- Operation Enduring Freedom
- Operation Freedom’s Sentinel
- Operation Inherent Resolve
- Operation Iraqi Freedom
- Operation New Dawn
- Operation Odyssey Lightning
- U.S. Africa Command Operations
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- The People Behind The Sacrifice
Army Sgt. Adam J. Kohlhaas
Died April 21, 2008 Serving During Operation Iraqi Freedom
26, of Perryville, Mo.; assigned to the 1st Battalion, 327th Infantry Regiment, 1st Brigade Combat Team, 101st Airborne Division (Air Assault), Fort Campbell, Ky.; died April 21 in Bayji, Iraq, of wounds sustained when his vehicle encountered an improvised explosive device. Also killed was Army Spc. Steven J. Christofferson.
Two Fort Campbell soldiers killed in Iraq
The Associated Press
FORT CAMPBELL, Ky. — A soldier from Kentucky who spent his time between the football field and the hunting field was among two infantrymen who died this week in Iraq from injuries suffered when their vehicle hit an improvised explosive device.
Sgt. Adam J. Kohlhaas, 26, who grew up in Cadiz, Ky., and Spc. Steven J. Christofferson, 20, of Cudahy, Wis., died Monday in Bayji, the Department of Defense said.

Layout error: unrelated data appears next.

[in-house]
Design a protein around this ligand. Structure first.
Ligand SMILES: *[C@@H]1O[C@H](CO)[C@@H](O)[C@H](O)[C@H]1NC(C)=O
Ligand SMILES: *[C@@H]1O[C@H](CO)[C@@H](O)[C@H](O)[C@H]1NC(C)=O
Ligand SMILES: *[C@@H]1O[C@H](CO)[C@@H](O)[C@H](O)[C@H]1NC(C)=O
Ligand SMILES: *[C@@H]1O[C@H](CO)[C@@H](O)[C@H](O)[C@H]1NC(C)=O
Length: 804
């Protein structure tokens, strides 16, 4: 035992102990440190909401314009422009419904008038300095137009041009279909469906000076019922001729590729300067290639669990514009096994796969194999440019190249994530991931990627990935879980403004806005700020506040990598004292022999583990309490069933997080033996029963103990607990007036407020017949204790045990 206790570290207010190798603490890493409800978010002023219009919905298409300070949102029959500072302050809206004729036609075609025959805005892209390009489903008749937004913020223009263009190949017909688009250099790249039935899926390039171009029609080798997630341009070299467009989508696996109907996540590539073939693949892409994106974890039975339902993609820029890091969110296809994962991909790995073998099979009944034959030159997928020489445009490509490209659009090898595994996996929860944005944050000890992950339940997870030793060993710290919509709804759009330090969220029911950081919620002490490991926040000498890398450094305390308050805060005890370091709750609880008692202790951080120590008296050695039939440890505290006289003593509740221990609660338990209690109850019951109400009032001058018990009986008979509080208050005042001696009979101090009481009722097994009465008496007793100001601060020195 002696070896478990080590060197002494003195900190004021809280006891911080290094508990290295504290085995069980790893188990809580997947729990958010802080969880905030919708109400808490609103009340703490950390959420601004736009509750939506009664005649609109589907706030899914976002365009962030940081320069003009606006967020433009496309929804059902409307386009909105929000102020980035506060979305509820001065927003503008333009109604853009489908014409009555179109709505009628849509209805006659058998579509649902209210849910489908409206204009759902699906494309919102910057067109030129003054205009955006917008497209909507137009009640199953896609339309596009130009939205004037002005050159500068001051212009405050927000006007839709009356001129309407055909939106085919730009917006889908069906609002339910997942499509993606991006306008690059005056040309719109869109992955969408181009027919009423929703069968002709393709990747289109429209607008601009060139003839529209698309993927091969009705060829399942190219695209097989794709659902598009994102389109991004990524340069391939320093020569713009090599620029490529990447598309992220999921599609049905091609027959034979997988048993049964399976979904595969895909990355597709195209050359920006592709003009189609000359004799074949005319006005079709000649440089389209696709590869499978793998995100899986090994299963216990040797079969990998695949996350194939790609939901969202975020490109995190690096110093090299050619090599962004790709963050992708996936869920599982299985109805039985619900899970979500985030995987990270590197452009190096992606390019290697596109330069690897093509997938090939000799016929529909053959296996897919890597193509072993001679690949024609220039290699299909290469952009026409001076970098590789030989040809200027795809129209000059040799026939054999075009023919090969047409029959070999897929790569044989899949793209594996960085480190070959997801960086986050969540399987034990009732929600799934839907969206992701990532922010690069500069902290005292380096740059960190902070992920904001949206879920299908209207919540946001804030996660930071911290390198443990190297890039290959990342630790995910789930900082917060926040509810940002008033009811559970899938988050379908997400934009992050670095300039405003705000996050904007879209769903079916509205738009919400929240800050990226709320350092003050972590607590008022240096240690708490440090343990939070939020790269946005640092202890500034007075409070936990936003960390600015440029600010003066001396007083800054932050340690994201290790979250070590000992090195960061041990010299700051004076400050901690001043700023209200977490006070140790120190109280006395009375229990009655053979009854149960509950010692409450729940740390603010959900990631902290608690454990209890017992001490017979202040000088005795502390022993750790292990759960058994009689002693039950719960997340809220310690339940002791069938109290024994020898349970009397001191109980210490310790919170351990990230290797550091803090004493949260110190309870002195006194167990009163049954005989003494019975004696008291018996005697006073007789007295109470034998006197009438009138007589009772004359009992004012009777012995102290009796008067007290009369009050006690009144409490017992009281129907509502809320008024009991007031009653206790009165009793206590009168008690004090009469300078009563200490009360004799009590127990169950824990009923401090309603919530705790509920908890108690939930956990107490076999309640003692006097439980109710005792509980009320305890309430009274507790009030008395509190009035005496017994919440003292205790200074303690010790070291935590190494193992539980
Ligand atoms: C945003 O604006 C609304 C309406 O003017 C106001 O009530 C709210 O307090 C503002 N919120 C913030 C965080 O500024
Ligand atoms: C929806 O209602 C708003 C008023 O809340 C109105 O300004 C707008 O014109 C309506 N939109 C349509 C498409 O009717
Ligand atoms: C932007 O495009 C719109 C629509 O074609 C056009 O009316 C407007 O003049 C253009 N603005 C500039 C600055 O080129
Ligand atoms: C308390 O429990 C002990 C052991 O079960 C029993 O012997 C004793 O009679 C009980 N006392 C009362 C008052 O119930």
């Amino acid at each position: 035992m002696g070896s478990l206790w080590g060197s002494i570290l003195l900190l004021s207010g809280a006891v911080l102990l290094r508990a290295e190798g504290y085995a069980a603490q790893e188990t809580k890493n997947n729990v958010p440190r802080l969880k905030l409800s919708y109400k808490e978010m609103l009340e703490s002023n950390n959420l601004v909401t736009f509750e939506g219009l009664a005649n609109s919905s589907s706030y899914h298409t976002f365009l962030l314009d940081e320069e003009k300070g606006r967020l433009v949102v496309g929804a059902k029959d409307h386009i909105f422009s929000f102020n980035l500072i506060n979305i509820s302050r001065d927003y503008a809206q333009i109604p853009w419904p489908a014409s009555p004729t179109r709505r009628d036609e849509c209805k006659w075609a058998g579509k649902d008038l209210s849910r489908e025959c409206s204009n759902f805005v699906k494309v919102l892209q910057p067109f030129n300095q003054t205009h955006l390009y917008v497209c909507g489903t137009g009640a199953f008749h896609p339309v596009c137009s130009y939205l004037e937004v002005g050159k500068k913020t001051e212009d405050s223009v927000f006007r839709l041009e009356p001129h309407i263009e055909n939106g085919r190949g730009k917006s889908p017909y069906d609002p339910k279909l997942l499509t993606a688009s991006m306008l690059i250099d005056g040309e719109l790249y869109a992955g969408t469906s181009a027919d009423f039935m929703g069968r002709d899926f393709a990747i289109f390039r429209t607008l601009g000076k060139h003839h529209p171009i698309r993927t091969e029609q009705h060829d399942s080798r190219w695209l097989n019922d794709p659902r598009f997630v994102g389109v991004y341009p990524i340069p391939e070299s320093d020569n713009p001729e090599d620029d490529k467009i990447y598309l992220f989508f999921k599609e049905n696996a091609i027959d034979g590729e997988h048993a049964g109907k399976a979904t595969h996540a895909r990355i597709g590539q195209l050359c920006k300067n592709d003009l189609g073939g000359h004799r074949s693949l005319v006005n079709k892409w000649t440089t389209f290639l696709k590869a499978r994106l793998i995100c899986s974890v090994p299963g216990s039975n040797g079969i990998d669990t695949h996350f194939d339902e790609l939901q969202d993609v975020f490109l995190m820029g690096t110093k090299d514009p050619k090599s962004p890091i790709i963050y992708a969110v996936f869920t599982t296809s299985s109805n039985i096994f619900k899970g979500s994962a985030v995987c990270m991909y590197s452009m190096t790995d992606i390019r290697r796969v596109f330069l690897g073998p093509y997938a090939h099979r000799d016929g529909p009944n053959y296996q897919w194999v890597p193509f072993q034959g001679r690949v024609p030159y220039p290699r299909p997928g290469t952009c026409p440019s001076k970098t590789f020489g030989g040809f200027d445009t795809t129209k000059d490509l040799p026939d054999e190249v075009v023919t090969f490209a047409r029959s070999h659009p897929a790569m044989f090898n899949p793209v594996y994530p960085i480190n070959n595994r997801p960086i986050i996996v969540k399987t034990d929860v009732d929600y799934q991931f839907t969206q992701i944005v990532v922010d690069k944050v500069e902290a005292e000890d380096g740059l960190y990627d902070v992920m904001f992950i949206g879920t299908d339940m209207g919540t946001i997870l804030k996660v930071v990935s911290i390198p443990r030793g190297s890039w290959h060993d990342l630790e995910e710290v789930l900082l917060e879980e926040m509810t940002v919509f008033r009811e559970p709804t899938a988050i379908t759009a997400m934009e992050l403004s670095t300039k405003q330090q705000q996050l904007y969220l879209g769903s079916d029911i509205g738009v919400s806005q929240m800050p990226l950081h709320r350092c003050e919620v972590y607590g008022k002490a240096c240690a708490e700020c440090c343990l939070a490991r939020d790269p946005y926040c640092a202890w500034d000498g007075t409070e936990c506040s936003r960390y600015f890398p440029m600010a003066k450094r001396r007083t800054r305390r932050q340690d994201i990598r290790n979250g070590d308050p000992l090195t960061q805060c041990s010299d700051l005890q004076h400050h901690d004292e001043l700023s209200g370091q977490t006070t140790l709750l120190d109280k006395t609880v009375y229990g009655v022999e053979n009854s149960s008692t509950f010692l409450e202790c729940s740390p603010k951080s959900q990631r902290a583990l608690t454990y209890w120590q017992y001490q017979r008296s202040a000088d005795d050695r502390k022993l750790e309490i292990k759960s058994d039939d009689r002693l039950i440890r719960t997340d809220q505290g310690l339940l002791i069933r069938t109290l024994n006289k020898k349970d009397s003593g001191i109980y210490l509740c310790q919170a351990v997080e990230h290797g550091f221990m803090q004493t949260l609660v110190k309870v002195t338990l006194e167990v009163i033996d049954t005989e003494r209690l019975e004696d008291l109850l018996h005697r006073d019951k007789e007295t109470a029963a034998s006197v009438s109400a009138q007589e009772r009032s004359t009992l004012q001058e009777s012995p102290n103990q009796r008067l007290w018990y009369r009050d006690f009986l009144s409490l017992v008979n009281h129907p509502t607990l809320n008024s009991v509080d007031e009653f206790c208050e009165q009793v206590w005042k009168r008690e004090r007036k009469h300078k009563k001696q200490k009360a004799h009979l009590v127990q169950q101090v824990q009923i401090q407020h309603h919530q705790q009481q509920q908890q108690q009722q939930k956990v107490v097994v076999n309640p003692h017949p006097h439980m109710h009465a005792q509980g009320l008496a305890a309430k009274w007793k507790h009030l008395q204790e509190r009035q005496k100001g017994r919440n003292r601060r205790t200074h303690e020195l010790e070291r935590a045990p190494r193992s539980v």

They were both assigned to D Company, 1st Battalion, 327th Infantry Regiment, 1st Brigade Combat Team, 101st Airborne Division.
Kohlhaas joined the Army nearly six years ago and had been at Fort Campbell since October 2002. He was on his third deployment since enlisting the summer before his senior year of high school, his brother, Nate Kohlhaas, said Thursday.
He is survived by his wife, Rebecca, of Bowling Green, Ky.; his daughter, Londyn Nelson of St. Peters, Mo., and his father, Henry Kohlhaas of Cadiz, Ky. His father said he enlisted in the Army in Missouri.
Adam Kohlhaas, who just recently turned 26, impressed his football coaches at Trigg County High School with his dedication and enthusiasm, his brother said.
“He didn’t do nothing normal — he had to take an extra step,” Nate Kohlhaas said. “He was a big guy with a big heart.”
An avid turkey hunter, Adam Kohlhaas was an expert with guns, his brother said. A memorial Web site created by his family shows a picture of him as a grinning child, holding up a fish longer than his torso.
He was hoping to take leave in July to go on a honeymoon with his new wife, Nate Kohlhaas said.
Henry Kohlhaas said Adam lost his mother in January 2007, and an uncle 12 months later.
“It’s been a continued numbness,” he said, “but he’s back in his mom’s arms.”
Funeral arrangements were pending.
Christofferson joined Army in June 2006 and arrived at Fort Campbell in October 2006. He is survived by his mother, Michell Christofferson, also of Cudahy, and his father, Jeffrey Christofferson.
Christofferson was a 2006 graduate of Cudahy High School, where he played football, wrestled and ran track.
Including Kohlhaas and Christofferson, a total of 229 soldiers from Fort Campbell have died in the Iraq war. Of those, 28 soldiers have died in the latest deployment, which began in September.